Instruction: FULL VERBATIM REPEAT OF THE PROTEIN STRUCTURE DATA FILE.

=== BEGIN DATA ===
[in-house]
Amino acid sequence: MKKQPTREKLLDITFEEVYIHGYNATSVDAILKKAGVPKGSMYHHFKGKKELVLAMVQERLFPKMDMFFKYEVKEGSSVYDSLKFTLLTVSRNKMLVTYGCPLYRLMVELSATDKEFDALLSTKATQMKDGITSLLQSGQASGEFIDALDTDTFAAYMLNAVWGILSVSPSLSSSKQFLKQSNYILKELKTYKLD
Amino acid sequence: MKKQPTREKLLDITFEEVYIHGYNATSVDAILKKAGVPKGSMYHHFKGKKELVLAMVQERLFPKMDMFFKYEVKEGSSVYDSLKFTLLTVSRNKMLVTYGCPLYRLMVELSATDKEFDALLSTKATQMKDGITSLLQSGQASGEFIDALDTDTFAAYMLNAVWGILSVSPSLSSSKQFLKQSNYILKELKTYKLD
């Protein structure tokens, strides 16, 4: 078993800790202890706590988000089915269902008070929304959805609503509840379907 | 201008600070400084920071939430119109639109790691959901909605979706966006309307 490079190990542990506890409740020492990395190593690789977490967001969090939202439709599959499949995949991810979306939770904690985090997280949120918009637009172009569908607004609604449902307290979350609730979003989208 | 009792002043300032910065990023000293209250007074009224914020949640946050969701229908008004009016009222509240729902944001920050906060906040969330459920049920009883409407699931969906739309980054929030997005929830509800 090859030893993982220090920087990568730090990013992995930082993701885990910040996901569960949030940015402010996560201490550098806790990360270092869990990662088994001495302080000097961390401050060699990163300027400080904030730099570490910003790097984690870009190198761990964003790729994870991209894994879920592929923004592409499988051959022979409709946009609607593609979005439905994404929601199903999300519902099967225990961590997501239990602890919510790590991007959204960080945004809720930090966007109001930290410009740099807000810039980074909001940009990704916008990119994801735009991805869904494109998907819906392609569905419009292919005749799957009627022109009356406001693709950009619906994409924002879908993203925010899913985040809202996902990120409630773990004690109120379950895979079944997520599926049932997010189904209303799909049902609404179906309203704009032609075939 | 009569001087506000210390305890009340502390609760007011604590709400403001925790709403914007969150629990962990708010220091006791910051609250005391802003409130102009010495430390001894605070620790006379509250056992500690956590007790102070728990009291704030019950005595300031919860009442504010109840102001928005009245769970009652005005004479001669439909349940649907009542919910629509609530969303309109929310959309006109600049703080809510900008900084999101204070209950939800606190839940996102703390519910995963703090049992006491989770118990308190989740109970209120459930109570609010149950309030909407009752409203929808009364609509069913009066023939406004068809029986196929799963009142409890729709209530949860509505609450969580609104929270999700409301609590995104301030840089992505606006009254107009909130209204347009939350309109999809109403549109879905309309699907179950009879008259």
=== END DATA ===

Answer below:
[in-house]
Amino acid sequence: MKKQPTREKLLDITFEEVYIHGYNATSVDAILKKAGVPKGSMYHHFKGKKELVLAMVQERLFPKMDMFFKYEVKEGSSVYDSLKFTLLTVSRNKMLVTYGCPLYRLMVELSATDKEFDALLSTKATQMKDGITSLLQSGQASGEFIDALDTDTFAAYMLNAVWGILSVSPSLSSSKQFLKQSNYILKELKTYKLD
Amino acid sequence: MKKQPTREKLLDITFEEVYIHGYNATSVDAILKKAGVPKGSMYHHFKGKKELVLAMVQERLFPKMDMFFKYEVKEGSSVYDSLKFTLLTVSRNKMLVTYGCPLYRLMVELSATDKEFDALLSTKATQMKDGITSLLQSGQASGEFIDALDTDTFAAYMLNAVWGILSVSPSLSSSKQFLKQSNYILKELKTYKLD
């Protein structure tokens, strides 16, 4: 078993800790202890706590988000089915269902008070929304959805609503509840379907 | 201008600070400084920071939430119109639109790691959901909605979706966006309307 490079190990542990506890409740020492990395190593690789977490967001969090939202439709599959499949995949991810979306939770904690985090997280949120918009637009172009569908607004609604449902307290979350609730979003989208 | 009792002043300032910065990023000293209250007074009224914020949640946050969701229908008004009016009222509240729902944001920050906060906040969330459920049920009883409407699931969906739309980054929030997005929830509800 090859030893993982220090920087990568730090990013992995930082993701885990910040996901569960949030940015402010996560201490550098806790990360270092869990990662088994001495302080000097961390401050060699990163300027400080904030730099570490910003790097984690870009190198761990964003790729994870991209894994879920592929923004592409499988051959022979409709946009609607593609979005439905994404929601199903999300519902099967225990961590997501239990602890919510790590991007959204960080945004809720930090966007109001930290410009740099807000810039980074909001940009990704916008990119994801735009991805869904494109998907819906392609569905419009292919005749799957009627022109009356406001693709950009619906994409924002879908993203925010899913985040809202996902990120409630773990004690109120379950895979079944997520599926049932997010189904209303799909049902609404179906309203704009032609075939 | 009569001087506000210390305890009340502390609760007011604590709400403001925790709403914007969150629990962990708010220091006791910051609250005391802003409130102009010495430390001894605070620790006379509250056992500690956590007790102070728990009291704030019950005595300031919860009442504010109840102001928005009245769970009652005005004479001669439909349940649907009542919910629509609530969303309109929310959309006109600049703080809510900008900084999101204070209950939800606190839940996102703390519910995963703090049992006491989770118990308190989740109970209120459930109570609010149950309030909407009752409203929808009364609509069913009066023939406004068809029986196929799963009142409890729709209530949860509505609450969580609104929270999700409301609590995104301030840089992505606006009254107009909130209204347009939350309109999809109403549109879905309309699907179950009879008259």